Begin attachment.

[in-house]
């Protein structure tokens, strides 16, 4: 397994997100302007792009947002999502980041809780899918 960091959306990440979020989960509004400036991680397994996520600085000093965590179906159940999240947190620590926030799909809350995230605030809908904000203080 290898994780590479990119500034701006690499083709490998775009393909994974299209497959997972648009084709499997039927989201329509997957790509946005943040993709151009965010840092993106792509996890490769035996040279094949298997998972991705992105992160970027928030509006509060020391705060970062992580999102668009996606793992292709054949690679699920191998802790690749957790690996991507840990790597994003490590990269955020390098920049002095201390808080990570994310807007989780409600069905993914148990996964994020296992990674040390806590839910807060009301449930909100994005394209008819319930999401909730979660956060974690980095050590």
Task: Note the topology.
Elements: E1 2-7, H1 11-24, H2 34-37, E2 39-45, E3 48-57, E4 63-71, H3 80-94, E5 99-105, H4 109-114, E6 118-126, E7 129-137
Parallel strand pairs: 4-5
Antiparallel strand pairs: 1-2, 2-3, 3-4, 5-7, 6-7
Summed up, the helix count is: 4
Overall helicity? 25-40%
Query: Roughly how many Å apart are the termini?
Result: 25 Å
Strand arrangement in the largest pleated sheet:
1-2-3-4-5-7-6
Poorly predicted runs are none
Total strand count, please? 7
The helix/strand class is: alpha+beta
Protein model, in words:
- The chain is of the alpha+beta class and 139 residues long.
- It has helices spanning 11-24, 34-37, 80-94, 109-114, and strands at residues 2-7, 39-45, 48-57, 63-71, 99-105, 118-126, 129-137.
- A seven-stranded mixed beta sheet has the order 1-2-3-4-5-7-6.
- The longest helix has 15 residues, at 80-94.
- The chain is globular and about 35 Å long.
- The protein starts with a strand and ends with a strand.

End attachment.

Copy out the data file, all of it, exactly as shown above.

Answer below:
[in-house]
């Protein structure tokens, strides 16, 4: 397994997100302007792009947002999502980041809780899918 960091959306990440979020989960509004400036991680397994996520600085000093965590179906159940999240947190620590926030799909809350995230605030809908904000203080 290898994780590479990119500034701006690499083709490998775009393909994974299209497959997972648009084709499997039927989201329509997957790509946005943040993709151009965010840092993106792509996890490769035996040279094949298997998972991705992105992160970027928030509006509060020391705060970062992580999102668009996606793992292709054949690679699920191998802790690749957790690996991507840990790597994003490590990269955020390098920049002095201390808080990570994310807007989780409600069905993914148990996964994020296992990674040390806590839910807060009301449930909100994005394209008819319930999401909730979660956060974690980095050590």
Task: Note the topology.
Elements: E1 2-7, H1 11-24, H2 34-37, E2 39-45, E3 48-57, E4 63-71, H3 80-94, E5 99-105, H4 109-114, E6 118-126, E7 129-137
Parallel strand pairs: 4-5
Antiparallel strand pairs: 1-2, 2-3, 3-4, 5-7, 6-7
Summed up, the helix count is: 4
Overall helicity? 25-40%
Query: Roughly how many Å apart are the termini?
Result: 25 Å
Strand arrangement in the largest pleated sheet:
1-2-3-4-5-7-6
Poorly predicted runs are none
Total strand count, please? 7
The helix/strand class is: alpha+beta
Protein model, in words:
- The chain is of the alpha+beta class and 139 residues long.
- It has helices spanning 11-24, 34-37, 80-94, 109-114, and strands at residues 2-7, 39-45, 48-57, 63-71, 99-105, 118-126, 129-137.
- A seven-stranded mixed beta sheet has the order 1-2-3-4-5-7-6.
- The longest helix has 15 residues, at 80-94.
- The chain is globular and about 35 Å long.
- The protein starts with a strand and ends with a strand.